East of Constantinople, West of Shanghai

New Year’s Movie: Shadow in the Cloud (2020)


Back when I was a kid, we used to go to the movies on New Year’s Day, or in the following Sunday – a film with all the family in the afternoon, and then a stop in a cafeteria or a tea room somewhere for some hot chocolate and a few cookies, and then home to heat up the leftovers from yesterday’s New Year’s Eve dinner or today’s New Year’s Day lunch.

Those days are gone forever, to quote the poet, but I still like to watch a new movie at the start of the new year, and as luck would have it, the masters of the streaming platforms have decided to start distributing on the first day of 2021 Roseanne Liang’s very pulp-ish action thriller Shadow in the Cloud.
And so I watched it, and it was a perfect way to start off the year.

The plot in a nutshell, without giving away too much – in August 1943, a WAC officer (Chloë Grace Moretz) boards the B-17 known as The Fool’s Errand, carrying a top secret package. Her last-minute appearance takes the crew guys off-guard, and she’s to sit through a fair share of “women don’t fly” macho bullshit. Then the Japanese fighters appear. And the gremlins.

Shadow in the Cloud was made on a shoestring budget, and every last cent they spent for it is on screen – the effects are good, the acting is spot on, and Chloë Grace Moretz carries the movie almost by herself – the first half of the film is basically just her locked up in the Sperry turret underneath the plane. The action is extremely tense and decidedly over the top (and you get a taste of that in the trailer), and nicely choreographed.

And of course there’s people out there crying their eyes out because “they ignored the laws of physics!”
In a fantasy movie with killer gremlins.
Yes, they did.
And other crybabies are throwing a tantrum because “feminist propaganda”.
But really, if all the movies featuring a kick-ass female lead and a bunch of guys acting like dicks are feminist propaganda and an attack on men everywhere, then we are in serious trouble.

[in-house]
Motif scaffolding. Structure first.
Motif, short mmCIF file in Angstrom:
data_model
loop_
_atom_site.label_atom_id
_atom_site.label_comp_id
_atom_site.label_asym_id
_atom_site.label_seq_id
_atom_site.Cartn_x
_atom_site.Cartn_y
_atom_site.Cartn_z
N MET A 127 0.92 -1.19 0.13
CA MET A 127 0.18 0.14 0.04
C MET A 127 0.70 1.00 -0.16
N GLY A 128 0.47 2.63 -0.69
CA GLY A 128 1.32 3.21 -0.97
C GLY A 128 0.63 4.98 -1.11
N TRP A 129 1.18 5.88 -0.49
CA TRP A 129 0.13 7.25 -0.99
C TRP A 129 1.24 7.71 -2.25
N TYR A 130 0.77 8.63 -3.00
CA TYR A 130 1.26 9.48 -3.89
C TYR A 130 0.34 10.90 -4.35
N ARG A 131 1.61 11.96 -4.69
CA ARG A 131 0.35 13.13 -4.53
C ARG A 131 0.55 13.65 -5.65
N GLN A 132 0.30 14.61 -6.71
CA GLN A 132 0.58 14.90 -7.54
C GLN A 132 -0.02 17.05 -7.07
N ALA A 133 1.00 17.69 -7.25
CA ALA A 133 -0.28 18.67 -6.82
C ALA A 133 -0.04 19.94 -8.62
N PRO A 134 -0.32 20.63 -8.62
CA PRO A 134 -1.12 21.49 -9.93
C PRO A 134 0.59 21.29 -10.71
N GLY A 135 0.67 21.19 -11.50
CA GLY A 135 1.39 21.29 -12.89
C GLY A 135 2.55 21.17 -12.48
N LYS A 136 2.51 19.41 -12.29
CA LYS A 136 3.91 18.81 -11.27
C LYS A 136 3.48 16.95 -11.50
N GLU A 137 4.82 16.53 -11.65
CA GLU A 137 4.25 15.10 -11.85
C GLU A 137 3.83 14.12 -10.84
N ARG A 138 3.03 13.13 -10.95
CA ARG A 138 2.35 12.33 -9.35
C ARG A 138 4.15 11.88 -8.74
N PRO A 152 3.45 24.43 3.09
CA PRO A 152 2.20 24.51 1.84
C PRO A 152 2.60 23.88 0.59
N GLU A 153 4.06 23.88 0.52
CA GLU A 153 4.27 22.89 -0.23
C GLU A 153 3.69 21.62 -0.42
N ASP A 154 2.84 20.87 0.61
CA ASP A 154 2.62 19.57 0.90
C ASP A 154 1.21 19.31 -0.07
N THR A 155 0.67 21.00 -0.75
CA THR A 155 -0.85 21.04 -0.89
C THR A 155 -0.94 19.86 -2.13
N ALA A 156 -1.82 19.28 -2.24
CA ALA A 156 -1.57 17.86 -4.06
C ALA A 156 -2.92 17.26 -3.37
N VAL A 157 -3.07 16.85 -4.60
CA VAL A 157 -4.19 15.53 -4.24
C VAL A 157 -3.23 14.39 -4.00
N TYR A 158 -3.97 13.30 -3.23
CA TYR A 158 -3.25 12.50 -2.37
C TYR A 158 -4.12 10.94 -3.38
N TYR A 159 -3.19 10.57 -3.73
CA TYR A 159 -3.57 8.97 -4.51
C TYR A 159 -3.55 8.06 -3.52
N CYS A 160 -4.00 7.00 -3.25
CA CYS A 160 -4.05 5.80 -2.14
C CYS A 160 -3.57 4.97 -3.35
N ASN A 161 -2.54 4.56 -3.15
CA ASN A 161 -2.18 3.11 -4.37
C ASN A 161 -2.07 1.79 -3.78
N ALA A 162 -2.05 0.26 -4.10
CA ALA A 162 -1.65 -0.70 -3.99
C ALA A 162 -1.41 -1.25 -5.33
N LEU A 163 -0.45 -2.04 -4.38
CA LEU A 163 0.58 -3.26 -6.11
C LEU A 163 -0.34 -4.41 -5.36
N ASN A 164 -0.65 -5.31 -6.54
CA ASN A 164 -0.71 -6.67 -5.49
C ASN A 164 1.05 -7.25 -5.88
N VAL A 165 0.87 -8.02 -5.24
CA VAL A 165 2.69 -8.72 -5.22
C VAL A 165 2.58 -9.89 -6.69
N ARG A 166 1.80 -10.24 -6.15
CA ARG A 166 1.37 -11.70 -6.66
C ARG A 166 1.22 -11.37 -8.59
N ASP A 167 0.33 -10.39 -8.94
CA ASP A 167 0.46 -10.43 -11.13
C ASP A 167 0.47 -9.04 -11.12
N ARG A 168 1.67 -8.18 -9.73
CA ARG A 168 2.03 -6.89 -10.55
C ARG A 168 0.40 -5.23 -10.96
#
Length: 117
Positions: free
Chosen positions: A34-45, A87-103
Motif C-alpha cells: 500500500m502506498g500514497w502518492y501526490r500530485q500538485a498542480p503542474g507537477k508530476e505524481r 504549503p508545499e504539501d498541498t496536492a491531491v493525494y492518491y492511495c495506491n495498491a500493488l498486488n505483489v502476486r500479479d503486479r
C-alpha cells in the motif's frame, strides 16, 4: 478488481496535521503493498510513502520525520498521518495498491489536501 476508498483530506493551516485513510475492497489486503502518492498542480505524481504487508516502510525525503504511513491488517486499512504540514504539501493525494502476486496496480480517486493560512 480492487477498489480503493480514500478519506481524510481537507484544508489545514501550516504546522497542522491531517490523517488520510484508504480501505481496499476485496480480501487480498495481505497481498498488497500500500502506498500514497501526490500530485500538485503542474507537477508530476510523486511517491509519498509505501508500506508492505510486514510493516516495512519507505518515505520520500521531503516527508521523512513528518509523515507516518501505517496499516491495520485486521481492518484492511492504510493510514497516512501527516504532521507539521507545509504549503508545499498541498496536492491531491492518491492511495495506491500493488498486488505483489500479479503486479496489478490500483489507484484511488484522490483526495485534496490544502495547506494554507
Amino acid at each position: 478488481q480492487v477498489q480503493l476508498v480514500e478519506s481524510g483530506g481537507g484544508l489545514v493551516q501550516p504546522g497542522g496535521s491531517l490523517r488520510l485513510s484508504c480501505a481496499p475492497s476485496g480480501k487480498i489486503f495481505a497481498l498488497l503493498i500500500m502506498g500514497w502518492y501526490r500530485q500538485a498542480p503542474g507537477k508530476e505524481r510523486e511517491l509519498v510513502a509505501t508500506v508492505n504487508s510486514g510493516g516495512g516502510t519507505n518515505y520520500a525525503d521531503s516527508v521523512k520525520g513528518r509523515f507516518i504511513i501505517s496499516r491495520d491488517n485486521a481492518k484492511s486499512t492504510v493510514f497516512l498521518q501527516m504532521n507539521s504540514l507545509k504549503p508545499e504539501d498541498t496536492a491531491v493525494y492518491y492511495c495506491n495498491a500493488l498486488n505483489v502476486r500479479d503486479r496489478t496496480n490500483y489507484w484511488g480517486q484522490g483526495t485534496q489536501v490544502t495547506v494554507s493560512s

The film is a lot of fun, it gives us a competent, kick-ass female lead played in an excellent way by a young and talented actress, and keeps us well entertained for 83 minutes before leaving us with a nice pleasant feeling.
Granted, it references a lot of previous movies – including a certain Twilight Zone episode featuring William Shatner, and the old 1990s Memphis Belle. That’s fine with me.
Just as it’s more than fine the film is channelling the spirit of those old aviation pulps. This is quite refreshing, in fact.
And it was a pity not being able to catch this in a cinema, but hey, we know how things are these days, right?

So, all in all, a highly recommended little movie, especially if you like old action-adventure stories and you want to see gremlins in action. This was a perfect start for the new year, for me and my brother.

Oh, and I will add a final note – apparently there’s people out there complaining about the movie because, you see, “there were no women pilots in World War II”.
I guess this goes under the “guys acting like dicks” clause mentioned above, so let me be brief.
First, it’s a fantasy movie, dude.
Second, learn some history.
Third, don’t be a dick.

Author: Davide Mana

Paleontologist. By day, researcher, teacher and ecological statistics guru. By night, pulp fantasy author-publisher, translator and blogger. In the spare time, Orientalist Anonymous, guerilla cook.

3 thoughts on “New Year’s Movie: Shadow in the Cloud (2020)

  1. The excellent counter to a lot of uptight objections to fantasy movies. First, it’s a fantasy movie, second, learn some history, and third, don’t be a dick.
    Mind you, even though they are sheerest fantasy, it doe set my teeth on edge when the supposedly elite combat troopers in movies like STAR WARS, STARSHIP TROOPERS and the sequel to ALIEN are so ludicrously inept they wouldn’t last five minutes against even a half-way competent green beret. I’ll admit I loved it when the biggest dick among the male troopers says to the tough girl in the troop, “Hey, Valdez, have you ever been mistaken for a man?” and she responds, “No, have you?”

    Liked by 1 person

    • In general, fiction usually portrays extraordinary circumstances – because you need to be a hell of a good writer to write a gripping story about a bunch of GIs on a routine patrol in which nothing happens.
      So yes, I am willing to suspend my disbelief.
      It would be different were this a documentary, or a based-on-facts biopic.
      But a movie about bat-winged monsters on a B-17?
      Bring it on.


  2. Pingback: Luce su Shadow in the Cloud – CineFatti

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